Business-Level Organizational Structure Strategies

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Large companies often engage in more than one line of business at once. An automobile manufacturer, for example, may engage in both manufacturing and consumer financing activities. In these cases, strategies designed to govern a single line of business are referred to as business-level strategies. Several business-level strategies related to organizational structure can either maximize the efficiency of workgroups devoted to individual lines of business or minimize the cost of maintaining multiple lines of business within a single organization.

Integrated Functional Structure

  • The most basic and straightforward business-level structure strategy is to employ a functional, or divisional, organizational structure integrating all business units. In this type of structure, employees are grouped together based on the functions they perform -- such as accounting, marketing and legal compliance -- while working on issues from all different lines of business at once. An integrated structure can be ideal for companies with very similar lines of business, such as those who sell both fresh produce and boxed food. Marketing, accounting and product development for these two business units are so similar that it can make save money to assign the same employees to oversee both units.

Separated Functional Structure

  • If your various business units are not closely related, a business-unit functional structure may suit your needs. In this structure, employees are grouped by their functions, with a separate functional group for each business unit. The auto manufacturer mentioned above, for example, may choose to locate an accounting department for the sales division in one office and locate an accounting department for the finance division in another. This structure can be more costly than an integrated structure, but it allows each department to focus on a single core competency, increasing efficiency for each business unit. Separated functional strategies can be ideal for holding companies that own multiple unrelated subsidiaries.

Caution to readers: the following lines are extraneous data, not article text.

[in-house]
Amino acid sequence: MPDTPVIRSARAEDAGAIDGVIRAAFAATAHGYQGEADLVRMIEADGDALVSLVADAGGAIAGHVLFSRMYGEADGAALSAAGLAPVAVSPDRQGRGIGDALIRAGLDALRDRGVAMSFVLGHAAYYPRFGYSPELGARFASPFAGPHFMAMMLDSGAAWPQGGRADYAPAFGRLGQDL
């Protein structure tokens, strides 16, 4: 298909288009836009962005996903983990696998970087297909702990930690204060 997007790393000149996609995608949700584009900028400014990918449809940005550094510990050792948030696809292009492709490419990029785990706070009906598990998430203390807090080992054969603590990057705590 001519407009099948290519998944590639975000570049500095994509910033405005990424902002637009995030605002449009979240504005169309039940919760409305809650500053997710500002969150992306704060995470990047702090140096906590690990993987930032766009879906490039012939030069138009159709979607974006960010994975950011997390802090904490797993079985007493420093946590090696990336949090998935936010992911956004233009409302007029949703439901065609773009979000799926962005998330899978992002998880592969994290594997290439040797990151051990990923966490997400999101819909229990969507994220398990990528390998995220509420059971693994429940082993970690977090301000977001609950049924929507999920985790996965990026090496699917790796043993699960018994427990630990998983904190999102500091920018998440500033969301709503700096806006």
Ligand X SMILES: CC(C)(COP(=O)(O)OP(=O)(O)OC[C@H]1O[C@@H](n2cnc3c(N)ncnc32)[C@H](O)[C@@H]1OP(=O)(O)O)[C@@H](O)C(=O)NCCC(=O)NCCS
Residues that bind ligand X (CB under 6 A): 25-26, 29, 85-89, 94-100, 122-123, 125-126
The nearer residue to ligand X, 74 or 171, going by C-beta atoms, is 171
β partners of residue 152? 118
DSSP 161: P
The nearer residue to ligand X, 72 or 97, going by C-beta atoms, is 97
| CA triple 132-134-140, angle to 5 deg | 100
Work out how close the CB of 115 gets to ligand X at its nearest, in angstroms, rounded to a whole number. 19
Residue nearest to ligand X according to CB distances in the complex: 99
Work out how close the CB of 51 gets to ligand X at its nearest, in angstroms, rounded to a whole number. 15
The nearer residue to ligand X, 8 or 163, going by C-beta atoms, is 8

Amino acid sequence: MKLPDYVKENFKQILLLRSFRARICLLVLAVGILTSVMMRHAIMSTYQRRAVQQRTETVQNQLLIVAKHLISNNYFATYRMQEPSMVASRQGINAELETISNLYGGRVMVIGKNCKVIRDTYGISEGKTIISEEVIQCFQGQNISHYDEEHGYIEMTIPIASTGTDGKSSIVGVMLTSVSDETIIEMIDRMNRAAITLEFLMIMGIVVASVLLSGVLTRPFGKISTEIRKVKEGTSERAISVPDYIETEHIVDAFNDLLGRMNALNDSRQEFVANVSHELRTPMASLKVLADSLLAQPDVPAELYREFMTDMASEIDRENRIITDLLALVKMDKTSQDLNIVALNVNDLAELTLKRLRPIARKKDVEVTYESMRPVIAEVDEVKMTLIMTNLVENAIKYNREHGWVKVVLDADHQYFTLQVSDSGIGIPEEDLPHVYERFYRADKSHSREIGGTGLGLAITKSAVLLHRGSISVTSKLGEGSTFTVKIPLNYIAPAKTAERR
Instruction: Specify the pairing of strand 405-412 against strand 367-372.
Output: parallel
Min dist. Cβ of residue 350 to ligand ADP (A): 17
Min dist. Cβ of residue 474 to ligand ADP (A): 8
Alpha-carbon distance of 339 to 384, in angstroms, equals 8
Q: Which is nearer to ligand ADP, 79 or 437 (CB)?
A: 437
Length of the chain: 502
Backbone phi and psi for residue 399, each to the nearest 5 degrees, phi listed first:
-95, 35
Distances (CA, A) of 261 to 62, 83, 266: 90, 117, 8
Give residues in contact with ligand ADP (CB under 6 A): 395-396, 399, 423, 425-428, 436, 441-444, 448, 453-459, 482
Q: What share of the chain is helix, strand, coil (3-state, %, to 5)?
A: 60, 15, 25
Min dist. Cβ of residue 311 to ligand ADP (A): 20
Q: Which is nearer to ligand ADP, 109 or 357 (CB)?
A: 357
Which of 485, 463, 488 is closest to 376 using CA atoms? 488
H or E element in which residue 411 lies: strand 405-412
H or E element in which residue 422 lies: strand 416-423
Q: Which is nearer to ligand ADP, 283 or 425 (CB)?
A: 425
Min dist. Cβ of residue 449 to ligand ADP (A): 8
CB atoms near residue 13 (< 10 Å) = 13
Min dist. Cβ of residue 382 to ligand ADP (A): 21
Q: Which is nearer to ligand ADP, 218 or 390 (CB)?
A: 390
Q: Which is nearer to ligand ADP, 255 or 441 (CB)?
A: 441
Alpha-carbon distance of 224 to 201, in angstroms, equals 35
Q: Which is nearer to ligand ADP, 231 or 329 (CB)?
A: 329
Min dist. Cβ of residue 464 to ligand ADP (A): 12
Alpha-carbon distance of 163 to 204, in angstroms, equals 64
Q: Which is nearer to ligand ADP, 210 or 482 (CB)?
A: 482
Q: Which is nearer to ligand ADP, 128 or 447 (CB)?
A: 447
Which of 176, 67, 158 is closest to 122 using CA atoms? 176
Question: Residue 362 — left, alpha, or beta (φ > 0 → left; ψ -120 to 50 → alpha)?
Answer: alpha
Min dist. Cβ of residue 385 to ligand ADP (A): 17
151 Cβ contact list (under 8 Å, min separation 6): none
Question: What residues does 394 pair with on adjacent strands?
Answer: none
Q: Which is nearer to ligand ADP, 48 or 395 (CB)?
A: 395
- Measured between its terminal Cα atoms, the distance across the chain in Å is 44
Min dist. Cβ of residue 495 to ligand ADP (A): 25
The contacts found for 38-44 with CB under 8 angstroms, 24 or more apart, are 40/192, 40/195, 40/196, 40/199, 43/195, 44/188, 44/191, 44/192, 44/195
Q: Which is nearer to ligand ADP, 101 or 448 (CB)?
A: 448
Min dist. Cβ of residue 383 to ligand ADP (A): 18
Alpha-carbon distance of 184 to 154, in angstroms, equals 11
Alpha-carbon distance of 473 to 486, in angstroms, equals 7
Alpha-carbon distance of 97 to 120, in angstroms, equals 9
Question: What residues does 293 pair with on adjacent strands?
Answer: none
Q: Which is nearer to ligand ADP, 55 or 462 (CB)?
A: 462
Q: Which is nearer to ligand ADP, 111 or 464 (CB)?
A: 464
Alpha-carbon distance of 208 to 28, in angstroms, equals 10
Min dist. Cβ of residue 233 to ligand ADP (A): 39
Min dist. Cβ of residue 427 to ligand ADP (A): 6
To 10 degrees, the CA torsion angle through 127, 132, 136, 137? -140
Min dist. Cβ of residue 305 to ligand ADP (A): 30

Business-Level Product Structure

  • A product structure brings together interdisciplinary teams with representatives from each departmental function to manage individual products and services. In this structure, representatives from accounting, legal compliance, marketing, human resources and logistics may all be located on the same floor, working on the same product, while an identical team is located on another floor, working on a different product. This structure can be ideal for small businesses with few employees, allowing individuals to form tight-knit teams wherein each member is fully responsible for duties in his area of expertise.

Geographic Structure

  • Geographic structures group employees based on their geographic locations. Geographic structures can employ any of the organizational structure strategies mentioned above. A multinational company may decide to group different departments in different countries, for example, or to outline a product structure on multiple continents.

References

  • Photo Credit Ryan McVay/Photodisc/Getty Images
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